>>     API?)
>>     I believe that many uses of dynCompileExpr can be changed so that
>>     the code using the resulting value is moved into the interpreter's
>>     context, and then there's no problem.
>>         This is quite crucial for some of the interactive
>>         functionality. Imagine a game where the game engine is in Swift
>>         linked into the main application and the game logic is in
>>         *interpreted* Haskell code. The engine calls into the Haskell code
>>         multiple times per frame of the animation and for all
>>         keyboard/mouse/etc input (using StablePtr and ForeignPtr to
>>         construct
>>         the scene graph across the Swift and Haskell heap).
>>     So my question is, why wouldn't you run the whole game engine in the
>>     interpreter's context?  That's what would happen if you were to load
>>     the program into GHCi and run it.  Directly calling back and forth
>>     between the client of the GHC API and the program being interpreted
>>     is arguably a strange thing to do, and it's kind of accidental that
>>     we allow it.
>>         I actually also might have a use for the architecture that you are
>>         proposing. However, I really would like to keep the ability to, at
>>         least, optionally run interpreted code in the same process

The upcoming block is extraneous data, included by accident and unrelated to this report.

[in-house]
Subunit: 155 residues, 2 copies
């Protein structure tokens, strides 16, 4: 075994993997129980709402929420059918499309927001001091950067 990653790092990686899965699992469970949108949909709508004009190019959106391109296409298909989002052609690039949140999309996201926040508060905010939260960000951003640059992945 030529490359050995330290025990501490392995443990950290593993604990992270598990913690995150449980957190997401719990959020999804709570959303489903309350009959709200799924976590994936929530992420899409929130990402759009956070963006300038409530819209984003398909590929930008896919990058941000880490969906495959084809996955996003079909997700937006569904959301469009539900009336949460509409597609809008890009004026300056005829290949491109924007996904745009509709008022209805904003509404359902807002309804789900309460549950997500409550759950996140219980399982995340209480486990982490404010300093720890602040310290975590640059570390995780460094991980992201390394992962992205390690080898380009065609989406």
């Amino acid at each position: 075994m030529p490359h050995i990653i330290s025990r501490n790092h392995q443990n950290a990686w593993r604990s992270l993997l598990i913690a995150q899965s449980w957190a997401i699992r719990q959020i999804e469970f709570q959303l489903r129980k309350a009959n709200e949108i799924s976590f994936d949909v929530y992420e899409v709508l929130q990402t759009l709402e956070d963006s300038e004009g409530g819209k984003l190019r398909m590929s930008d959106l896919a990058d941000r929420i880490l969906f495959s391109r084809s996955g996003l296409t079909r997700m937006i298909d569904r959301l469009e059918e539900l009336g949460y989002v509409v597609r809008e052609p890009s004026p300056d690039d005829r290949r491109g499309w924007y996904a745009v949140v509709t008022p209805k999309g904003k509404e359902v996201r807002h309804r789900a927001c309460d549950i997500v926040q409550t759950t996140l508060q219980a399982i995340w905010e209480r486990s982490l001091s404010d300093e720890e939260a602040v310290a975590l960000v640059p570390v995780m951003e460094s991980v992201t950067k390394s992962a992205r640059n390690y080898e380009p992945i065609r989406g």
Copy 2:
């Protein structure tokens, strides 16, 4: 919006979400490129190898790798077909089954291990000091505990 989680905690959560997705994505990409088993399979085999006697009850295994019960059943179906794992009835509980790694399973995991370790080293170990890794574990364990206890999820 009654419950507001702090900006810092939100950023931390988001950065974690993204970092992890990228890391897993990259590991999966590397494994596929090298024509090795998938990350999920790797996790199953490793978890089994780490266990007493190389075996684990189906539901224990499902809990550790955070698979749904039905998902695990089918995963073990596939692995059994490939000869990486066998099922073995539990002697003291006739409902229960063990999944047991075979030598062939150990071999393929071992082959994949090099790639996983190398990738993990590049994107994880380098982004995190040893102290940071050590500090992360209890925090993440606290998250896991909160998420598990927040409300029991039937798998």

>> (without
>>         profiling etc). Do you think we could have both?
>>     We can certainly have both, it's straightforward to implement, but I
>>     don't get to throw away some of the hacks we have to support
>>     same-process execution, which would be a shame.  We just add more
>>     code rather than
>>         Cheers,
>>         Manuel
>>             Simon Marlow <marlowsd at <mailto:marlowsd at
>> >>:
>>             Hi folks - I've been thinking about changing the way we run
>>             interpreted code so that it would be run in a separate
>>             process.  It turns out this has quite a few benefits, and
>>             would let us kill some of the really awkward hacks we have
>>             in GHC to work around problems that arise because we're
>>             running interpreted code and the compiler on the same runtime.
>>             I summarised the idea here:
>>             I'd be interested to hear if anyone has any thoughts around
>>             this, particularly if doing this would make your life
>>             difficult in some way. Are people relying on dynCompileExpr
>>             for anything?
>>             Cheers,
>>             Simon